Thursday

18th Oct 2018

Opinion

Cheques, no balances: side-jobs in the European Parliament

  • In total MEPs have declared more than 1200 outside activities that earn them between €6 and €18m per year (Photo: European Parliament)

For the last few weeks, Brussels has been absorbed by the spectacle of the European Parliament grilling the nominees for the new European Commission. On the whole, MEPs have done a pretty good job in asking the right questions of those in line for the Commission’s top jobs.

In particular, they have been at pains to point out the private interests of Commissioners-designate that could conflict with their official portfolios, for example the UK’s Jonathan Hill and Spain’s Arias Canete.

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In the case of Slovenia’s Alenka Bratusek, MEPs highlighted the actual conflict of interest present in her ‘self nomination’ that ultimately contributed to her downfall - a breach of national ethics laws that was confirmed by the Slovenian Anti-Corruption Agency last week.

It is heartening to see the Parliament scrutinizing potential conflicts of interest at the Commission so forcefully, but it does beg the question: how good is the Parliament at ensuring the private interests of its own members do not have a bearing EU on legislation?

The short answer is: not very good at all.

No follow up

This week, Transparency International EU launched the Integrity Watch website, which for the first time gathers into one place the financial declarations of all 751 MEPs. With one click, the scope of member’s private interests is plain for all to see. 398 MEPs have side jobs, board memberships or other positions that generate an income.

In total they have declared more than 1200 outside activities that earn them between €6 and €18m per year.

Many of the declared activities pay less than 500€ per month, but 15 MEPs receive more income from outside activities than their basic salary as an MEP of 8020 €.

It is nearly three years since the Parliament introduced a code of conduct on the back of a cash-for-amendments scandal, a code that obliges MEPs to make a written declaration of their outside interests and income. It should get a lot of credit for taking this important step toward managing its members’ conflicts of interest, but unfortunately that appears to be as far as it is willing to go.

Once the information is put on individual webpages on the Parliament’s website, that is an end to the matter. There is little monitoring, no follow-up.

We highlighted this problem when we published our study of the transparency and accountability of EU institutions last April, having found no evidence that the information MEPs put in their declarations is systematically verified.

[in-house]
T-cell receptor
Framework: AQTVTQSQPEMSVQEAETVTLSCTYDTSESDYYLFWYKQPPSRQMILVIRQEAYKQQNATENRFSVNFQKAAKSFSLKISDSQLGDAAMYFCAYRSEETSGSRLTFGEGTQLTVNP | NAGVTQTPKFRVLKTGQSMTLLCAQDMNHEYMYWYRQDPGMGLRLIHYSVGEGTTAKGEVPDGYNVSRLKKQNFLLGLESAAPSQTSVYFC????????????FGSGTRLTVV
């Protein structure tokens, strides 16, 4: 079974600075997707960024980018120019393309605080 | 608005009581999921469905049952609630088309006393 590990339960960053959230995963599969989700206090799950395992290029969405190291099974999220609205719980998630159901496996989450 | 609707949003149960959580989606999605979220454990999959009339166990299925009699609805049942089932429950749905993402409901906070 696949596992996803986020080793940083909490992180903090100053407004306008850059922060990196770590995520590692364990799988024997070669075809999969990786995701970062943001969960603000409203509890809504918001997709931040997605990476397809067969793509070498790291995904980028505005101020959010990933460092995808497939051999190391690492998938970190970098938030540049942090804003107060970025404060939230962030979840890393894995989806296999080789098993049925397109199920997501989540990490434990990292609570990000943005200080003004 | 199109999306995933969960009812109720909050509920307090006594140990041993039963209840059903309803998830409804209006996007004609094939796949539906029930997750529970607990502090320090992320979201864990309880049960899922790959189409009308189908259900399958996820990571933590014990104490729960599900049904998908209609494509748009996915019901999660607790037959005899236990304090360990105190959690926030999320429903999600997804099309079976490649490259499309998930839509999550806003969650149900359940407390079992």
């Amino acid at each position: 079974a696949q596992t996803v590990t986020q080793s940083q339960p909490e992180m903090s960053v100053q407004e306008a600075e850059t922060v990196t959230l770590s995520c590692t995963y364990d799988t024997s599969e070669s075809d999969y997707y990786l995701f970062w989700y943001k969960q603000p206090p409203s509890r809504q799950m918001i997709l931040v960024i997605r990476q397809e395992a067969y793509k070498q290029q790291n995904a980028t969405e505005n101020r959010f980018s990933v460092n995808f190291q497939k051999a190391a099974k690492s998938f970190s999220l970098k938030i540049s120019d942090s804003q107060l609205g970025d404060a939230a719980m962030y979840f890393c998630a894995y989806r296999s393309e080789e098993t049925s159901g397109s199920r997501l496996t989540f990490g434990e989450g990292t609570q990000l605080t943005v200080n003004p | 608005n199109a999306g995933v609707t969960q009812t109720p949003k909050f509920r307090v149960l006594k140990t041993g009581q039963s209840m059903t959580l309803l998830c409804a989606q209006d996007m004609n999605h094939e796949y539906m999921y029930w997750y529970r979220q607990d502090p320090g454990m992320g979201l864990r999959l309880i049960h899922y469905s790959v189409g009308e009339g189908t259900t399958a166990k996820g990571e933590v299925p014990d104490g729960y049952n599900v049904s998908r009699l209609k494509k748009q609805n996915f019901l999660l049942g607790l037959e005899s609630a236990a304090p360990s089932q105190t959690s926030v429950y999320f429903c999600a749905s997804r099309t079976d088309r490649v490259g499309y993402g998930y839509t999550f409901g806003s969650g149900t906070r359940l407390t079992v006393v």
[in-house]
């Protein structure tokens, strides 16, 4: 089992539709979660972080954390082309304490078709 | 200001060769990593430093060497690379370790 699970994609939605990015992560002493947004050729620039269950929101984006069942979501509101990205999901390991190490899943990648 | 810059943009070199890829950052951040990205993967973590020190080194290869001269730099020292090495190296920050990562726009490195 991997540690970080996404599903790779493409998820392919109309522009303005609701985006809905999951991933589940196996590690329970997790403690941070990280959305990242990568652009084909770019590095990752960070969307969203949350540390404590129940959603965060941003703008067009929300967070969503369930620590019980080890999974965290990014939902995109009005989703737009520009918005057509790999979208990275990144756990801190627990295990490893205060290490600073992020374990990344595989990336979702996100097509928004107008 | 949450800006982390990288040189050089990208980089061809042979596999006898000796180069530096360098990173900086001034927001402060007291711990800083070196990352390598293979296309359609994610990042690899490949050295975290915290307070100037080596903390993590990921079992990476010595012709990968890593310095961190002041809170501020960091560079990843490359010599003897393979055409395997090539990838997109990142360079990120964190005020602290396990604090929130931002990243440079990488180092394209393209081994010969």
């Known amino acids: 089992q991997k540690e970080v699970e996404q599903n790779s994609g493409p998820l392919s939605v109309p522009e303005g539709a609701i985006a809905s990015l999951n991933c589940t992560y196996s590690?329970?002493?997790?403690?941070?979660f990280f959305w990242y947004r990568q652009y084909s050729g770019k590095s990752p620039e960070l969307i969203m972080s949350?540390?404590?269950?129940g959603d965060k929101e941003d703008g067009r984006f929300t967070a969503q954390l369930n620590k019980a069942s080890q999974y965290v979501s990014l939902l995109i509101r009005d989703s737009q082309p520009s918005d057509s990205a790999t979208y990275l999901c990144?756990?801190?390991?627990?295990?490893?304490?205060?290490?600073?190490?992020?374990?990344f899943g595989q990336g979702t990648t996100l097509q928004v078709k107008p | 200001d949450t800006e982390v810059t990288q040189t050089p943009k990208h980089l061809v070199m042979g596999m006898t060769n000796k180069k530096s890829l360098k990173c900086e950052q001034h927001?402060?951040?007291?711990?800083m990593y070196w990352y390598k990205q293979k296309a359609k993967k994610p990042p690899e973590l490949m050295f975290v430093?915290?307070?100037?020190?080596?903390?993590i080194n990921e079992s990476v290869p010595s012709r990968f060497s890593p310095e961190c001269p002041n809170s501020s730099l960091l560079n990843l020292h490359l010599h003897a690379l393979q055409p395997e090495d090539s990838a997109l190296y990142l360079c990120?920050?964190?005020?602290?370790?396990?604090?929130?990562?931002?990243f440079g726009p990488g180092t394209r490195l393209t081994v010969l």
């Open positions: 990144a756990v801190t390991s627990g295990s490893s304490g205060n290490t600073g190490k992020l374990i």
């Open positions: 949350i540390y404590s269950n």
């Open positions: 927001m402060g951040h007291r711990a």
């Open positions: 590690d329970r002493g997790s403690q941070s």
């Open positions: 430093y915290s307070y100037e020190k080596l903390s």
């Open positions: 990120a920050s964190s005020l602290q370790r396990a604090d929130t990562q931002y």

Even worse, where undeclared conflicts of interest have been identified – by NGOs normally, not the Parliament’s own services - no sanctions have been imposed. This is despite clear recommendations to the President of the Parliament from the advisory committee dealing with the implementation of the Code of Conduct.

It should be clear to everyone that the system is not working. Right now, we have the worst of both worlds – a formal ethics bureaucracy that consumes Members’ valuable time, but that is both ineffective and lacks teeth.

The worst of both worlds

The blame for this state of affairs rests mainly with the Parliament’s administration and leadership. They are responsible for the half-hearted implementation of a Code of Conduct that once promised to be an exemplar for parliaments around Europe.

Most MEPs are filling in these forms in good faith, but with little or no guidance. Mistakes are inevitable and the resulting declarations that contain activity descriptions such as “consultant”, “freelancer” or abbreviations such as “RvC FMO” or “ASDCAM”, do not allow for meaningful monitoring of potential conflicts of interest.

Whether or not you think it should be permissible for an MEP to have a side-job in addition to his or her role as a legislator, it should at least be clear that conflicts between private and public interest will almost certainly arise in the line of their work.

In that case, the Parliament’s leadership has a duty to its own members and to the public at large to put in place a robust system ensuring that those conflicts do not distort public policy and legislation. The Parliament’s current system falls well short of this standard - a standard to which it rightly holds the Commission.

The writer is Director of Transparency International EU

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